Officials across the United States, Canada and Mexico will step up commercial vehicle safety inspections this week, as part of the annual International Roadcheck.
From May 17 to 19, safety officials will conduct both random and probable-cause inspections at weigh stations, temporary inspection sites, and with roving patrols on the road. The Commercial Vehicle Safety Alliance, which runs the event, is expected to complete 70,000 inspections this year, 30,000 more than in 2021.
“That includes tires, lugs, wheels, brake drums and anything that supports the structural integrity of the vehicle and the load,” said Christopher Turner, director of enforcement data and judicial outreach for the CVSA. “We want to make sure all wheel ends are in good working order.”
"Small things can add unwanted points to an inspection.”
Retired Chief of Florida Patrol and Consultant at HNTB Corporation
The focus on wheel ends is intentional. Each year, a committee within CVSA considers data from the previous year to decide the safety focus area and dates for the annual Roadcheck. Once a focus area is set, CVSA offers trainings for both officers and trucking companies on the concentration area, Turner said.
Picking such a focus turns inspections into an opportunity for trucking companies, drivers and safety inspectors alike.
“The annual focus area allows us to share with our fleet specifics pertaining to that vehicle component during the Roadcheck event,” said Tom DiSalvi, vice-president of safety, training and compliance for Schneider National, in an email. “CVSA always does a great job of creating a one-page overview for us to use with our fleet and our maintenance group in advance of the event, which includes additional details on the focus item.”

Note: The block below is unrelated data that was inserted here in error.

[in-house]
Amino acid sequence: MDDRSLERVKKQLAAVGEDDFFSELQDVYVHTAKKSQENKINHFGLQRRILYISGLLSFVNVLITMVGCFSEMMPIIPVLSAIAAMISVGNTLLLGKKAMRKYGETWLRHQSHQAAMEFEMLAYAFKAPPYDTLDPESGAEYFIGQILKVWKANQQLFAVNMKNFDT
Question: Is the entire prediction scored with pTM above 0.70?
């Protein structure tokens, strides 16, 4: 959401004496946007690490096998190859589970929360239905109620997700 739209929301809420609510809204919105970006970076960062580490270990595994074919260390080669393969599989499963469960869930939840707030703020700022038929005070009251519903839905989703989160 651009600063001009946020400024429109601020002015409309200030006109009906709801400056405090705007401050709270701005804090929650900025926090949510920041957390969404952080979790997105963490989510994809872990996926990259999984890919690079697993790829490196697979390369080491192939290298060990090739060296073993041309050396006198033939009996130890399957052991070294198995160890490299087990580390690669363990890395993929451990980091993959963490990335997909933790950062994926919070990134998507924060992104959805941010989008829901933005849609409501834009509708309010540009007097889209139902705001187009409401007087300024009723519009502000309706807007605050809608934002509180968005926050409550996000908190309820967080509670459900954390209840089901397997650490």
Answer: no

Symptoms of problems with wheel ends on a semi-truck can include a hot hubcap, uneven wear on tire(s), vibration and atypical brake functioning. By homing in on wheel ends, inspectors can better monitor for improvement in the coming year, said Derek Barrs, a retired chief of the Florida Highway Patrol who now acts as a consultant for HNTB Corporation.
During Roadcheck, vehicles and drivers that pass a North American Standard Level I inspection may receive a CVSA decal. That’s a 37-step process that is the same in every state, explained Barrs. With that decal on their truck, he said, the driver has the potential of not being stopped for another inspection for three months.
“This only applies to Level 1 because the other levels aren’t considered full inspections,” Barrs said.
A successful Roadcheck always comes with a few obstacles, though.
“There’s always stress with inspections,” Turner said, noting he has heard that drivers say, 'Roadcheck is a great time to take vacation' and 'I might get stopped multiple times.'
And due to both natural progression and turnover, different jurisdictions may not have enough employees to handle both Roadcheck and their day-to-day operations, Barrs said.
From DiSalvi’s perspective, Roadcheck is a chance to heighten the importance of the pre-trip inspection drivers conduct everyday, and to educate newer drivers who may not have experienced an inspection yet.
“We expect our fleet to be prepared for inspection year-round,” noted DiSalvi.
Last year, while 83.5% of the commercial motor vehicles examined "had no out-of-service violations," the CVSA said inspectors removed 6,710 vehicles and 2,080 from roadways as a result of Roadcheck.
Barrs suggested that fleet drivers take the time necessary for their pre- and post-trip self-inspections. For carrier executives, he recommended continuous education within the company and to reward drivers in some way if they are doing something worthwhile.
“Make sure you’re always doing the small things. For example, if a marker light is out, take care of it,” Barrs urged. “Small things can add unwanted points to an inspection.”